Carnival to Help China Build Its First Cruise ShipChristopher Palmeri and Clement Tan
Carnival Corp. agreed to help build China’s first cruise ship as travel demand increases, placing the nation on course to become the second-biggest market for the leisure boats in three years.
Carnival will sign a memorandum of understanding with state-owned China State Shipbuilding Corp. today on a possible joint venture “aimed at accelerating the development and growth of the Chinese cruise industry,” the Miami-based company, the world’s largest cruise-line operator, said in a statement. Italy’s Fincantieri SpA, the biggest builder of cruise vessels, may be the third party in this venture, Carnival said.
Economic growth and increased spending power in China will help the nation become the second-largest global cruise market after the U.S., with 4.5 million passengers by 2020, according to China’s Ministry of Transport. Any deal to build cruise vessels would help China State Shipbuilding expand its revenue sources beyond container liners and dry bulk carriers.
“Cruise liners are the part of the shipbuilding business with the highest commercial value,” Lawrence Li, a shipping analyst at UOB Kay Hian Investment Co. in Shanghai, said by phone. “But China and CSSC will be starting from scratch, and growing the capacity to build cruise ships will take some time.”
Five calls to the office and mobile phone of Ke Wangjun, a spokesman at China State Shipbuilding, went unanswered. The statement from Carnival didn’t say when the joint venture might be formed.
Carnival joins Royal Caribbean Cruises Ltd., the world’s second-largest cruise operator, in search of faster growth rates in China. Carnival is also trying to lure more holidaymakers in Asia after a spate of incidents in other markets since 2012, including illness among passengers onboard its ships in the U.S., a fire on a Triumph cruise and the wreck of its Costa Concordia ship off the Italian coast in 2012.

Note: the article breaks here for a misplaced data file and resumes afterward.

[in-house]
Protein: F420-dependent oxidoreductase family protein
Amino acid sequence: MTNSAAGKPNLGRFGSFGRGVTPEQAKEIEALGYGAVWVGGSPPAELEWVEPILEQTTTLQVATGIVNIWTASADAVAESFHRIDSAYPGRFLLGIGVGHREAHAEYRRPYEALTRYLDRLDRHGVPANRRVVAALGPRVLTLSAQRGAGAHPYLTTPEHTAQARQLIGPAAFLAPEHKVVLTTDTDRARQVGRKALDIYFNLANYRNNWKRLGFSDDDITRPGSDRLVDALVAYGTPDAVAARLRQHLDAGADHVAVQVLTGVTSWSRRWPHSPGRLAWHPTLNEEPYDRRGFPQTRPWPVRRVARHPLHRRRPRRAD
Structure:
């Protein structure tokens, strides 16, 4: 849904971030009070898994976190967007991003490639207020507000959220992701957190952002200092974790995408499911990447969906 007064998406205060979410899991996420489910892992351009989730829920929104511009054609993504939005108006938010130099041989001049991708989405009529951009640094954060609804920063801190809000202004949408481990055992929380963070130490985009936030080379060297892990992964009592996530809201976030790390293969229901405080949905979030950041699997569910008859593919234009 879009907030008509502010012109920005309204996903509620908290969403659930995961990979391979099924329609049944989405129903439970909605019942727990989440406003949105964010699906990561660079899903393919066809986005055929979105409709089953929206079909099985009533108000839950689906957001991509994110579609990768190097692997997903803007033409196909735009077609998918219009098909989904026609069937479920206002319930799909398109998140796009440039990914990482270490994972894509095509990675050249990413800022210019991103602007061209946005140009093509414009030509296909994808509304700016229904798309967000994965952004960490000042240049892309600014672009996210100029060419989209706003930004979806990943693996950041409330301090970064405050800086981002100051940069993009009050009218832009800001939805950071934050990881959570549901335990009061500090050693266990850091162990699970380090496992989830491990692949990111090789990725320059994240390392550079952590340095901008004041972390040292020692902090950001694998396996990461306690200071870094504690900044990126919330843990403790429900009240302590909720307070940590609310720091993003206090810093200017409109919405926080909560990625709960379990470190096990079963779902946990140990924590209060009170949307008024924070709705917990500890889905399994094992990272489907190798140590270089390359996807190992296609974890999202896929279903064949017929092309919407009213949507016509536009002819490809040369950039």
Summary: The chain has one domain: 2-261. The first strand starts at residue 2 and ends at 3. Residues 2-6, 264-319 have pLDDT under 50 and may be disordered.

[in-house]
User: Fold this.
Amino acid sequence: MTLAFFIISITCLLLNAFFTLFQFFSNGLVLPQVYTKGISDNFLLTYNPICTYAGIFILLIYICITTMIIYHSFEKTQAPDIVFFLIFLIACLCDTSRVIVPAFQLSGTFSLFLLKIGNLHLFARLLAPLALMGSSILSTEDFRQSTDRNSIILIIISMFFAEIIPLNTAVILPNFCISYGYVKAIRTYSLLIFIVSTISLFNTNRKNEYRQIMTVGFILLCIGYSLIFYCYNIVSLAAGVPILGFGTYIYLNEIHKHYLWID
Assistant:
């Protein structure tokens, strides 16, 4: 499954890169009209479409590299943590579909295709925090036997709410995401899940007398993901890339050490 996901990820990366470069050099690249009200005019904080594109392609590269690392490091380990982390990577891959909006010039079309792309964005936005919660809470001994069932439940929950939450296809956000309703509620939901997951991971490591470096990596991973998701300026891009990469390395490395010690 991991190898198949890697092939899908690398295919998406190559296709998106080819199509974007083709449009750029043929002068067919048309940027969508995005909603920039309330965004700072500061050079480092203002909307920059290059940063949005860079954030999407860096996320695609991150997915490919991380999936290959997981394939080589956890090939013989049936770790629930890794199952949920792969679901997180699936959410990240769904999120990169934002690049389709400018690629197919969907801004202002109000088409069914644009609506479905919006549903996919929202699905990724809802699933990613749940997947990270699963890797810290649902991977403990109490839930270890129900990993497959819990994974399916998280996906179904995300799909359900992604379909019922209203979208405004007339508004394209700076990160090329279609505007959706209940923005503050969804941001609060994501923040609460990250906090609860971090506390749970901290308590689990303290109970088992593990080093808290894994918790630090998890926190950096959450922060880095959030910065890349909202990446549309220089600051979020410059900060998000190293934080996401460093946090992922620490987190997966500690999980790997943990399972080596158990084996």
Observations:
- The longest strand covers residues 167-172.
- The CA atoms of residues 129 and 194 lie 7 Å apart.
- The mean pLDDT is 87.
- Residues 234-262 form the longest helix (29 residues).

Carnival has deployed four ships to China and said in September that it would relocate Chief Operating Officer Alan Buckelew to Shanghai to lead the company’s expansion in the country. Royal Caribbean Cruises Ltd. has international cruises departing from Asian ports including Shanghai, Tianjin and Xiamen in China, Yokohama in Japan, and Singapore, according to its website.
China is poised to become the world’s second-largest market, behind the U.S., by 2017, according to the World Travel Market and Euromonitor International.
Under the China agreement, Carnival will provide ship-design and building expertise to China State Shipbuilding, according to the statement. European shipyards dominate the building of cruise vessels, accounting for 24 of 27 ships on order in the 2014-to-2017 period, according to the CLIA Europe trade association.
To continue reading this article you must be a Bloomberg Professional Service Subscriber.
If you believe that you may have received this message in error please let us know.
- Producer and DJ Known as Avicii Has Been Found Dead
- Deutsche Bank's Bad News Gets Worse With $35 Billion Flub
- Wells Fargo's $1 Billion Pact Gives U.S. Power to Fire Managers
- Oil Shrugs Off Trump Tweet to Rise for a Second Straight Week
- The U.K. Just Went 55 Hours Without Using Coal for the First Time in History